And what I became clear around, thanks to this Woman, is that I really want for the Red Tent Experiences that I facilitate for Women to feel the Power of sharing Stories, simply through Being Witness.

And then that got me thinking (it’s fairly on-the-go in my mind – when thinking is on, it’s really on until clarity is found). Although the Red Tent Experience happens in its own way, and Women share whatever they need in relation to that day, that moment; there’s still some things that some of us need to heal – and we don’t necessarily have a safe Space to do this in. Some of those ‘issues’ are older than ‘this moment and this day’, and we’re not necessarily sure how to bring them up. A ‘general’ Red Tent for sharing, although beauty-full and healing, may not always get to the deepest seat of what we need to heal.

It’s a bit daunting to bring up our miscarriages and our terminations and our divorce and how to raise our sons and daughters and our mental illness and our mother issues and our body image perceptions and… in a space full of Women who we have never met, or whom we only see every now and then. It’s particularly daunting to suddenly bring out the deep Stories of grief and loss that have been pushed down for a long time, or never given a Space. For example, it’s not easy to start talking about the abortion You never dealt with emotionally ten years ago, when the Woman next to You is talking about how she loves being a parent.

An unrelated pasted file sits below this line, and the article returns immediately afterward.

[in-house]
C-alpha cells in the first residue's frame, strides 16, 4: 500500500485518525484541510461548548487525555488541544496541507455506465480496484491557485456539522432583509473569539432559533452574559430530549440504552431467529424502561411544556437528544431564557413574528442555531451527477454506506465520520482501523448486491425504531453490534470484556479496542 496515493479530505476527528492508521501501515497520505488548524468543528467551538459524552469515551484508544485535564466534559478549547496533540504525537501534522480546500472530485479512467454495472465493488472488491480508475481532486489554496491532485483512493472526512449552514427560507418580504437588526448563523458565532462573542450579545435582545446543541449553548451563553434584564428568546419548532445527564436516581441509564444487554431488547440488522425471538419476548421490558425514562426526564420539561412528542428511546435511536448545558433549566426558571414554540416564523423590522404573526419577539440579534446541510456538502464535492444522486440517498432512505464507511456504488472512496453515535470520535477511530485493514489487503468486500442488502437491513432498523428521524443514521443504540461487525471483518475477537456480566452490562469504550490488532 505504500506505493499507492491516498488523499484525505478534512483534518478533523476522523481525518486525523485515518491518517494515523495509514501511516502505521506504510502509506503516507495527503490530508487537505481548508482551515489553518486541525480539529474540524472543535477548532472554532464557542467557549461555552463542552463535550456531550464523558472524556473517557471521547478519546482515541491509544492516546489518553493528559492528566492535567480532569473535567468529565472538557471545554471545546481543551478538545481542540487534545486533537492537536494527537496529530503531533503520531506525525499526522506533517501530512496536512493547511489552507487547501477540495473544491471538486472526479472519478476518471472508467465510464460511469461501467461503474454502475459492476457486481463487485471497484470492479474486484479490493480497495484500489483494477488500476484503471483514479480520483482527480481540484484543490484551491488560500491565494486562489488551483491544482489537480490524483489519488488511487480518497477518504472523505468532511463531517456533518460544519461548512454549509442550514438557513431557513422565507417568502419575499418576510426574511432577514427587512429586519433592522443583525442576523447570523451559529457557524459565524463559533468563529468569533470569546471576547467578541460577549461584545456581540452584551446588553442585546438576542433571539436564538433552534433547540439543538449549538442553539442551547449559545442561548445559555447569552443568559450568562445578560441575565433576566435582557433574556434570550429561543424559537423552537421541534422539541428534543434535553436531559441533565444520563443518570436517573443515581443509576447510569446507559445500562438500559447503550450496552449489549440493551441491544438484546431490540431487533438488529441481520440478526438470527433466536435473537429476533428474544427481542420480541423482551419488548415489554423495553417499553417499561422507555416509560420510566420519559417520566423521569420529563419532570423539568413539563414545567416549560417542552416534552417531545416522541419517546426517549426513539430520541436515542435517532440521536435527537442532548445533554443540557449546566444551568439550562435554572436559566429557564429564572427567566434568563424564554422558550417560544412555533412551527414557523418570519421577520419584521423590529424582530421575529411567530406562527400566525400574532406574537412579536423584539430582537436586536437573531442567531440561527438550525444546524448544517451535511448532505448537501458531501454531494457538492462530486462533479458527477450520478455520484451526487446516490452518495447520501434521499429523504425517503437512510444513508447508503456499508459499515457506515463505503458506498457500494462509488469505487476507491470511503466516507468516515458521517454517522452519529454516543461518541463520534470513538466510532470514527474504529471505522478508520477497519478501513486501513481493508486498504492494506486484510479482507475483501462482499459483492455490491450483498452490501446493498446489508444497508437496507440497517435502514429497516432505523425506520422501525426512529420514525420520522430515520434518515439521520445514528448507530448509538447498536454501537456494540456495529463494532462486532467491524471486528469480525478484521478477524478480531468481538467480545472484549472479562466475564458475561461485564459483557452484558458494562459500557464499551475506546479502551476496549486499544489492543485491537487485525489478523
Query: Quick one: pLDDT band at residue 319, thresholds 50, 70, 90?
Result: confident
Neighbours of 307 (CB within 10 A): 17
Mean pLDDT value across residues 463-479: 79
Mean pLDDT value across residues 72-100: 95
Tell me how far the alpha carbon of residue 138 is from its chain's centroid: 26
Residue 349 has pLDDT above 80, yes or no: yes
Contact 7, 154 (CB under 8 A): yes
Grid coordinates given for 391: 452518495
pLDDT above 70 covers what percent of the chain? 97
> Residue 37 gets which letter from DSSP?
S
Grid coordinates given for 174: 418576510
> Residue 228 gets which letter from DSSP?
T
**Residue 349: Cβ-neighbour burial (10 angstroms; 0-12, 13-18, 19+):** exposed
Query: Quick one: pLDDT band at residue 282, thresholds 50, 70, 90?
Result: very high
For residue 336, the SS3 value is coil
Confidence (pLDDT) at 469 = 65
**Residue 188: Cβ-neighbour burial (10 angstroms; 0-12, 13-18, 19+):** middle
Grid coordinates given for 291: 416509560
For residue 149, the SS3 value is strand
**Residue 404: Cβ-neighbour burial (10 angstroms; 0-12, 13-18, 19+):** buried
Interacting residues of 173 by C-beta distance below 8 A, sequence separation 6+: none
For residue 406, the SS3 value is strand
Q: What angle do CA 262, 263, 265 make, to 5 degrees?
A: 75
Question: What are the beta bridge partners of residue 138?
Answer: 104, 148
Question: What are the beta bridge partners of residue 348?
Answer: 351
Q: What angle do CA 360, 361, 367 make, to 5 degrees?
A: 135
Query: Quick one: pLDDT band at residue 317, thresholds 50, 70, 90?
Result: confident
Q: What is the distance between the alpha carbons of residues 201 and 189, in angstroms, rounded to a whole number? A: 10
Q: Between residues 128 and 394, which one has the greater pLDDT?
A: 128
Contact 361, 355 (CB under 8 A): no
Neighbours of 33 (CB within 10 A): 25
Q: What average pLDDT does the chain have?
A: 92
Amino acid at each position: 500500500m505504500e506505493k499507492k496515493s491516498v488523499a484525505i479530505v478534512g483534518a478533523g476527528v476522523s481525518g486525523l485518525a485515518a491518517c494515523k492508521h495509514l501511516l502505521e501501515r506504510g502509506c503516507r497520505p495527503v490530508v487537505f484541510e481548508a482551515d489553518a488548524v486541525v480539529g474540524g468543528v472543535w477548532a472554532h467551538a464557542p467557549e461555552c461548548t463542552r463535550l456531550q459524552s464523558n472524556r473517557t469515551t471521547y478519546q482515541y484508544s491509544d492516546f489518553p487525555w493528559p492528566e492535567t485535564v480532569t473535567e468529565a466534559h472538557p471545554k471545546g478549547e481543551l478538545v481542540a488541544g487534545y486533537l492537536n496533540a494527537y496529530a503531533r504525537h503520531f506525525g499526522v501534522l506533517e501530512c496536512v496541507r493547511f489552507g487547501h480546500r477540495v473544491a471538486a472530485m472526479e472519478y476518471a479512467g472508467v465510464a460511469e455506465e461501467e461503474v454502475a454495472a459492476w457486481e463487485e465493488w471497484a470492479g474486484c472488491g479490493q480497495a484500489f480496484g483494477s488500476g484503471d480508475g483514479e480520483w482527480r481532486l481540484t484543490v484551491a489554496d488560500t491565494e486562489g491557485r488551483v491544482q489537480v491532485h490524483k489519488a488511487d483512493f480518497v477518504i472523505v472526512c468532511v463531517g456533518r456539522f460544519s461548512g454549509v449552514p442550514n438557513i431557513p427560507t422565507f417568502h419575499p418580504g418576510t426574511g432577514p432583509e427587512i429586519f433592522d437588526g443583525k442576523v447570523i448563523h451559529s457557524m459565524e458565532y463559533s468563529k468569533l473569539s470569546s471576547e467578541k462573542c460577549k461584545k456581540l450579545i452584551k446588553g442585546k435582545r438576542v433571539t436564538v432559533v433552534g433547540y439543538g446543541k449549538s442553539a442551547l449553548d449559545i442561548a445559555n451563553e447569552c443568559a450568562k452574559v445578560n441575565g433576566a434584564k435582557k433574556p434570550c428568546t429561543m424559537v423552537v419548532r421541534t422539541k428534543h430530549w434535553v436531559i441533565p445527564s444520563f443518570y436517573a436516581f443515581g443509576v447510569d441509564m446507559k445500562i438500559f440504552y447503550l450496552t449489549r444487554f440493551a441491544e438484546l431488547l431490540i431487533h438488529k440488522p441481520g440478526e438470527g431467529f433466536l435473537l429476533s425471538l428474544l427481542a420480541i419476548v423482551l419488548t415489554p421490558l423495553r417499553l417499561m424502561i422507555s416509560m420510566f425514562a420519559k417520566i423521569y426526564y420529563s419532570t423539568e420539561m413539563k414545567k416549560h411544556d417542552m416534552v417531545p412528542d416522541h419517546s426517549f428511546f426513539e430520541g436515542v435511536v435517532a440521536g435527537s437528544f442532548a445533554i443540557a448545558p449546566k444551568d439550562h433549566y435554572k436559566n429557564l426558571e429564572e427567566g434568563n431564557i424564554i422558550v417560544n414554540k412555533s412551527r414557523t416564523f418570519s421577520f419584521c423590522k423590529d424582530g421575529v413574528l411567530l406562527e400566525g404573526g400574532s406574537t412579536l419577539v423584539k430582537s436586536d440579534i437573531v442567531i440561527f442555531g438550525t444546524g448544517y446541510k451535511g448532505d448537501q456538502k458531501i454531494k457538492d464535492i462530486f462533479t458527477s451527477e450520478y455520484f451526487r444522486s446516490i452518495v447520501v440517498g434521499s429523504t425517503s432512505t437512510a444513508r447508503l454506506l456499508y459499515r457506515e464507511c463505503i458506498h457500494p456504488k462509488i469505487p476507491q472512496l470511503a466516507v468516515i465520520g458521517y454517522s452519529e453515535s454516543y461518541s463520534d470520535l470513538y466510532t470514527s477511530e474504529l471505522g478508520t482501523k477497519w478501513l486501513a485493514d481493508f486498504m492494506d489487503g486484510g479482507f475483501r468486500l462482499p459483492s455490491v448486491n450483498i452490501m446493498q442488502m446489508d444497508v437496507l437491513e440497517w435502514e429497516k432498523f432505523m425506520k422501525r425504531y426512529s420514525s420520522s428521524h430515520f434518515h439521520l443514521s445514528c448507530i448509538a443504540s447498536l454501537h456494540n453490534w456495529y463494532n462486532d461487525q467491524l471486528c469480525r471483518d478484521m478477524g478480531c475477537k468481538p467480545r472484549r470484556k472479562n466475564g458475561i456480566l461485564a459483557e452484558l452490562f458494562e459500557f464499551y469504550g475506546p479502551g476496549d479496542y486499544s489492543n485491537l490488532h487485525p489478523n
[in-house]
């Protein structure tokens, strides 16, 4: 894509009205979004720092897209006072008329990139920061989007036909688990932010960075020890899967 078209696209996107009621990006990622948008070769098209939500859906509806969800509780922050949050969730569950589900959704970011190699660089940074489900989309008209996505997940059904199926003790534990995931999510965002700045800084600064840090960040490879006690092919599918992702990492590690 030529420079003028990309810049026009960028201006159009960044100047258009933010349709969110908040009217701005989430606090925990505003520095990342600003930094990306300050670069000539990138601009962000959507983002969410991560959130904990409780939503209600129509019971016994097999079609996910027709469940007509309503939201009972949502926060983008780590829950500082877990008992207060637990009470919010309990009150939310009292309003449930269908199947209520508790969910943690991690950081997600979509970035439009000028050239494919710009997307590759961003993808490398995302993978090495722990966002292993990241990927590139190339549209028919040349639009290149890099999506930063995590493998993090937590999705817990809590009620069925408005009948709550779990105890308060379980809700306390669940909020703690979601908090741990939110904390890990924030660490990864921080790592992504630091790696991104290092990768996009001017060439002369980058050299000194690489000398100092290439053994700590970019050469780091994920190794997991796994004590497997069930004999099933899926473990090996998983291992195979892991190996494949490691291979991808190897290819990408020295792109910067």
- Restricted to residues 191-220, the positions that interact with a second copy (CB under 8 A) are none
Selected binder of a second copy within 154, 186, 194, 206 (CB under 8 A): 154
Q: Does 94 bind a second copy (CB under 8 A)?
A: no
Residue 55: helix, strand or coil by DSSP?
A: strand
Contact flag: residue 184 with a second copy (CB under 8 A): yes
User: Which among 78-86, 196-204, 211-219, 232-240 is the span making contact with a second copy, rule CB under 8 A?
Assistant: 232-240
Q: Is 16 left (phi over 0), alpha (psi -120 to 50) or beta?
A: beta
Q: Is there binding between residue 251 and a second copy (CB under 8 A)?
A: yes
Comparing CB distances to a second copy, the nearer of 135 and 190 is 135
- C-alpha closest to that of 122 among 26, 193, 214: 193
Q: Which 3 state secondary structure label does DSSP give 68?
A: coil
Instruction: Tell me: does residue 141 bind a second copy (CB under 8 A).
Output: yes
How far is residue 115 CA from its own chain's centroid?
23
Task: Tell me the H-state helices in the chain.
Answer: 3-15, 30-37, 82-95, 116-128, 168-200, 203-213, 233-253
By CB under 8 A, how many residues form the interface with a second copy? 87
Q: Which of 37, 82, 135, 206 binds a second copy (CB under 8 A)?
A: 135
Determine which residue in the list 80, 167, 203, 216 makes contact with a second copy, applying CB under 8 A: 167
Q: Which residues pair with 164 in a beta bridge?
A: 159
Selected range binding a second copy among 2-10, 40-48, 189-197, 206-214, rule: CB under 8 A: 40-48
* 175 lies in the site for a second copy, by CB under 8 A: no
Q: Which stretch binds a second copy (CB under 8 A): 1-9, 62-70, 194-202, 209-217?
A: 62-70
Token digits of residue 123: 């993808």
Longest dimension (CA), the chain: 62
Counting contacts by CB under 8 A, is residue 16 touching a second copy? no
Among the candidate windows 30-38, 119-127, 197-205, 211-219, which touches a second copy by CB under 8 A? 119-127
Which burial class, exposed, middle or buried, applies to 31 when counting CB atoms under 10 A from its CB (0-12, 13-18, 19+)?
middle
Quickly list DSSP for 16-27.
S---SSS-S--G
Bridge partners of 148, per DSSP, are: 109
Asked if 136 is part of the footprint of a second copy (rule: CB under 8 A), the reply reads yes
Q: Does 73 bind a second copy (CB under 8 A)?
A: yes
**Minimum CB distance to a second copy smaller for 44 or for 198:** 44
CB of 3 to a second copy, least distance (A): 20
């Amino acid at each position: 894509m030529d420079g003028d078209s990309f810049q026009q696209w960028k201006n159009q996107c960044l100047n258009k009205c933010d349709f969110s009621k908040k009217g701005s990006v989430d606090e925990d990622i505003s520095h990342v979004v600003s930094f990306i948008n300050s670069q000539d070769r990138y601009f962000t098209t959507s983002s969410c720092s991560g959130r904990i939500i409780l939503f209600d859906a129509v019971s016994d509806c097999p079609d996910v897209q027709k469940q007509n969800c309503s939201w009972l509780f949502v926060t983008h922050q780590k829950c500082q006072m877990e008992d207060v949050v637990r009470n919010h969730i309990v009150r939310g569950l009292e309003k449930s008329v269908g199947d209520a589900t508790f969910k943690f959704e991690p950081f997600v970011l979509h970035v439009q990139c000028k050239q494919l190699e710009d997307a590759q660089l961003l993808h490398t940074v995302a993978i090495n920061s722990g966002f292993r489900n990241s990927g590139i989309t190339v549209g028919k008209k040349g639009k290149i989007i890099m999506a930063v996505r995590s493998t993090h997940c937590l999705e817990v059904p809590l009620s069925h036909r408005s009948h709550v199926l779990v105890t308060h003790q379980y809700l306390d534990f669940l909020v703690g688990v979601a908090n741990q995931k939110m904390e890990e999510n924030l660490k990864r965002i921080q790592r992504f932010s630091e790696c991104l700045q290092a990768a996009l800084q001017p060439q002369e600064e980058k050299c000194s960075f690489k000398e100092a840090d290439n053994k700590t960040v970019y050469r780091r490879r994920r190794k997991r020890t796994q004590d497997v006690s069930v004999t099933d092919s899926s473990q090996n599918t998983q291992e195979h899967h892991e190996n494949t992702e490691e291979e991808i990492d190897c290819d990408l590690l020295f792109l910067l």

I always find it so deeply moving to hear stories from Women about things I’ve never experienced. Whether the Story is about joy or loss, it is the difference that I find mySelf inspired by. I feel honoured when a Woman shares something new to me. That is the journey of the Witness. It is quite beauty-full.